Tim Scott Is Fundraising By Emailing People That Their Heat Will Be Cut Off

"Emergency Notice," reads an incredibly misleading December message sent out by the South Carolina Republican's campaign.

A week into December, Sen. Tim Scott (R-S.C.) is emailing residents that their heat is about to get cut off — except the alarmist messages from his campaign are actually just misleading fundraising pitches.

“Your heat will be turned off. Emergency Notice,” reads an unsettling email notification a South Carolina resident received on their phone on Wednesday.

After clicking on the alert, it leads to an email with the same subject line, “Your heat will be turned off.”

It’s only after opening the email itself that it becomes clear that this isn’t an emergency overdue heating bill. It’s Scott’s campaign asking for money.

Here’s a screenshot of the email notification received by this South Carolina resident and provided to HuffPost:

A screenshot of an email notification from Sen. Tim Scott's campaign.
A screenshot of an email notification from Sen. Tim Scott's campaign.
Provided to HuffPost

And here’s a couple screenshots of the email from Scott’s campaign, with the same subject line.

A screenshot of an email from Sen. Tim Scott's campaign.
A screenshot of an email from Sen. Tim Scott's campaign.
Provided to HuffPost
A screenshot of a fundraising email from Sen. Tim Scott's campaign.
A screenshot of a fundraising email from Sen. Tim Scott's campaign.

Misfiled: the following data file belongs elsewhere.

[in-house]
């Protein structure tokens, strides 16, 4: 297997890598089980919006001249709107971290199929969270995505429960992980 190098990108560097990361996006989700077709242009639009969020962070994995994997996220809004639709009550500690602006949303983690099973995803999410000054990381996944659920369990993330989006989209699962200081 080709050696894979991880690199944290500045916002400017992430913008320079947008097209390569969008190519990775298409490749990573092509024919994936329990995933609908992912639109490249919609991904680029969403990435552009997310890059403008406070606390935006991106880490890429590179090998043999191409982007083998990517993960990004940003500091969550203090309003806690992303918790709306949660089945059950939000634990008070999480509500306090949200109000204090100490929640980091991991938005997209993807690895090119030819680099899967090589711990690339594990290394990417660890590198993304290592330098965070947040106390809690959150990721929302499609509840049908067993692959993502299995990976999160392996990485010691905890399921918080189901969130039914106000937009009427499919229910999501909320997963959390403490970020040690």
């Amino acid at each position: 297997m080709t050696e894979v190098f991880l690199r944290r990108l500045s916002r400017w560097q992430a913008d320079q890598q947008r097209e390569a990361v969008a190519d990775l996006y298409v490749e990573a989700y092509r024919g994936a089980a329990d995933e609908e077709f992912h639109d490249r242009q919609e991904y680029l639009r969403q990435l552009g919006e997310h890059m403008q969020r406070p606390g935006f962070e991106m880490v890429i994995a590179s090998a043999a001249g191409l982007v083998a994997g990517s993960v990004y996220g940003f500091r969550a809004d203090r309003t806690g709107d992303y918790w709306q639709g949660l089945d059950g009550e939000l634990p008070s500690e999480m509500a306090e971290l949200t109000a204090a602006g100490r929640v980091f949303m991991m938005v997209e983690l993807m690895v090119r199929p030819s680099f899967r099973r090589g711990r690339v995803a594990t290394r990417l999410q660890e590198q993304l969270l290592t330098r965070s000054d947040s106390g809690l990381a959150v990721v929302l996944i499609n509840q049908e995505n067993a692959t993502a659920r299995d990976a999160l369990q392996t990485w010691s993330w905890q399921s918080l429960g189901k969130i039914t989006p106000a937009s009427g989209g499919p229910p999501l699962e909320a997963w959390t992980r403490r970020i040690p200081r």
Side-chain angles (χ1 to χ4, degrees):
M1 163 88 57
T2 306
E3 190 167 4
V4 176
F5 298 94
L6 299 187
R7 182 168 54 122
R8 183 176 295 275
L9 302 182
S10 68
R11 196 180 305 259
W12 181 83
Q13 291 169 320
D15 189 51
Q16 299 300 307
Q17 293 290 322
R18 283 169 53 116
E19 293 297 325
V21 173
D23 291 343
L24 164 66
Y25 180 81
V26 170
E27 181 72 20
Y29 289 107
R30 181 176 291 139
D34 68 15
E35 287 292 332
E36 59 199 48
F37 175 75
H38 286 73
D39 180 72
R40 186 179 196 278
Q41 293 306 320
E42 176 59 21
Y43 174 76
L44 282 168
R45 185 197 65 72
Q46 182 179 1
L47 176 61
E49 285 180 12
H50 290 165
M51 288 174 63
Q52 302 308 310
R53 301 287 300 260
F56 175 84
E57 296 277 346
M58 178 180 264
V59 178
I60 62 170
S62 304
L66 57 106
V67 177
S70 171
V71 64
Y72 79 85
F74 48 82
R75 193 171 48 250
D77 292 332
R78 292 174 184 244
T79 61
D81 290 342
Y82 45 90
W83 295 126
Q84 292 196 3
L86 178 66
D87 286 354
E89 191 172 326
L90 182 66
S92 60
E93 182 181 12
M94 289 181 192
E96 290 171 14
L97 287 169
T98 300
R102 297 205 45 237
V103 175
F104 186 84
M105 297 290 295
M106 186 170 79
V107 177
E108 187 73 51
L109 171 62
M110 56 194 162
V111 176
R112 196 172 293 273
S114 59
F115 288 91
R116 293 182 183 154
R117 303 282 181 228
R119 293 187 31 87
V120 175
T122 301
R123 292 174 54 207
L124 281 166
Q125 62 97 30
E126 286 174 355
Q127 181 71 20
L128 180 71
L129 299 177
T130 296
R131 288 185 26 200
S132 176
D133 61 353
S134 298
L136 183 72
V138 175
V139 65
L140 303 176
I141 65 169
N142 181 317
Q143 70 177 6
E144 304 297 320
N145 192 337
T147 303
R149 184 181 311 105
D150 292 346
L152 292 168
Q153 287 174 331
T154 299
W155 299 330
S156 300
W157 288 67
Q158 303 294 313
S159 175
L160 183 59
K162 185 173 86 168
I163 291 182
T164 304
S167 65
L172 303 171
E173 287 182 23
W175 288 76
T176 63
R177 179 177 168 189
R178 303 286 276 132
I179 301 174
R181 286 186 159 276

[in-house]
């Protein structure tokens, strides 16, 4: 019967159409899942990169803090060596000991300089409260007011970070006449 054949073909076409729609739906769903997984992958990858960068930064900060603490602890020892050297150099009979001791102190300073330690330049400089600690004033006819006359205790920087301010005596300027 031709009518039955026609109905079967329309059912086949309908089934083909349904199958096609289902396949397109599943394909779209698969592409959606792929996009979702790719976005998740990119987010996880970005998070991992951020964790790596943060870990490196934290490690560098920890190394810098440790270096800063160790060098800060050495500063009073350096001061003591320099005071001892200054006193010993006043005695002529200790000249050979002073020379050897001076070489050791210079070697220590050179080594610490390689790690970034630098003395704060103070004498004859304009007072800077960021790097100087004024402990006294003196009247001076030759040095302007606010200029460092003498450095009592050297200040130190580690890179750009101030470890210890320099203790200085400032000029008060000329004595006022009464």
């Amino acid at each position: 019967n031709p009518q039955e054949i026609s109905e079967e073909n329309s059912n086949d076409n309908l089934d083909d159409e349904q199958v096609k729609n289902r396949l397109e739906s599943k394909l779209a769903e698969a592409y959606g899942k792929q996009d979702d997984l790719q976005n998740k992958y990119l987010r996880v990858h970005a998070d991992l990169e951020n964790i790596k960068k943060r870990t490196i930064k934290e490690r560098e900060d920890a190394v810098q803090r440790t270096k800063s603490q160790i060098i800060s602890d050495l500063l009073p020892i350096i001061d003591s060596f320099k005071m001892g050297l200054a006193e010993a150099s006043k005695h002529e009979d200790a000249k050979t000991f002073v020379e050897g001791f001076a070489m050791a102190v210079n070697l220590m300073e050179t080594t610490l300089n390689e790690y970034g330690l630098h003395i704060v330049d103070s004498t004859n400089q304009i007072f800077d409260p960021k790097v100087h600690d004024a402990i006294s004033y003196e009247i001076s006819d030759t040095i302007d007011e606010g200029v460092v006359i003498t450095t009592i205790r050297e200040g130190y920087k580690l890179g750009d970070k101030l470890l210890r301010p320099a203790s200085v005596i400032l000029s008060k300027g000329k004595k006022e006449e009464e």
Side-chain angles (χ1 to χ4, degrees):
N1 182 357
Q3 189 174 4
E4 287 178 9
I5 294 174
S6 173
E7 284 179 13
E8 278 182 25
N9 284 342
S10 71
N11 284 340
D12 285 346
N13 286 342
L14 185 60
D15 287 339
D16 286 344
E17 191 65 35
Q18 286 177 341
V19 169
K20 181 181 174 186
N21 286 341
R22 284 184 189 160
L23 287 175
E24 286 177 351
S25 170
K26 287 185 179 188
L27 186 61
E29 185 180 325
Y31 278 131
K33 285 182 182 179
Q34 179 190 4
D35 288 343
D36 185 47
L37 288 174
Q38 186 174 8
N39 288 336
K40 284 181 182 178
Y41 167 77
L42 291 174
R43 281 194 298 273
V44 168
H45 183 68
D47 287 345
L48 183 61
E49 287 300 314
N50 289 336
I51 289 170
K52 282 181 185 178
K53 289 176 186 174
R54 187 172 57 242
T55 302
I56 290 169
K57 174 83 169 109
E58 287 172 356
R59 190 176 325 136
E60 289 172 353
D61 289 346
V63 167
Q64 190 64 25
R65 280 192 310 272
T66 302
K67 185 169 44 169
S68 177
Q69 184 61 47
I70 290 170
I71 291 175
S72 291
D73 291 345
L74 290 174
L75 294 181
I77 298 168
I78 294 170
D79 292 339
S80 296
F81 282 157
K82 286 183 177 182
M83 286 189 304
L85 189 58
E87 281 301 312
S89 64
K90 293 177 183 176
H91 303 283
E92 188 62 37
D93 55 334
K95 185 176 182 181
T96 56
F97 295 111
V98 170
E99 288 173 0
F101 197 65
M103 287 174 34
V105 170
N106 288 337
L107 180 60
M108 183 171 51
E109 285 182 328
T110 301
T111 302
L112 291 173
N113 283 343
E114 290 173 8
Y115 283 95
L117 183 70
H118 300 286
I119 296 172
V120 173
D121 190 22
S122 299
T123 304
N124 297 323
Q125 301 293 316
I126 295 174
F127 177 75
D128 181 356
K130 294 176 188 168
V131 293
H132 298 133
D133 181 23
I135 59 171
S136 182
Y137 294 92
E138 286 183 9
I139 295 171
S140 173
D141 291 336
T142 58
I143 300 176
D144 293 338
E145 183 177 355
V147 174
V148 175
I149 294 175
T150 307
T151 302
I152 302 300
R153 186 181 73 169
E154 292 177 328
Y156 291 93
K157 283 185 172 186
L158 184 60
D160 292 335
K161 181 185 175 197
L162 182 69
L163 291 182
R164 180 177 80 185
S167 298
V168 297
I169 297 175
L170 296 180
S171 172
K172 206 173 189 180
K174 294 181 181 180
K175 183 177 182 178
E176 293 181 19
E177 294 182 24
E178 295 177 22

Provided to HuffPost

“Biden has crippled our patriotic oil & gas industry and every American is paying the price,” reads the email. “Many have been FORCED to turn off the heat in their homes because the prices are simply too high, leaving families without warmth during the winter.”

It urges readers to take a survey on whether it’s time to increase drilling for oil and gas. It doesn’t matter how you respond: All of the links take you to the same page asking for money for Scott’s campaign.

A spokesperson for Scott’s campaign did not immediately respond to a request for comment on why they would try to scare South Carolina residents into thinking their heat was about to get turned off, in December, in order to get them to open a fundraising email.

Ironically, the South Carolina Department of Consumer Affairs recently warned residents that utility scams tend to pop up this time of year.

“Utility imposters will tell you that your bill is late and your power will be cut off immediately, if you don’t pay right now,” reads a Nov. 24 article on a local South Carolina news site. “But officials with the South Carolina Department of Consumer Affairs says don’t fall for it.”

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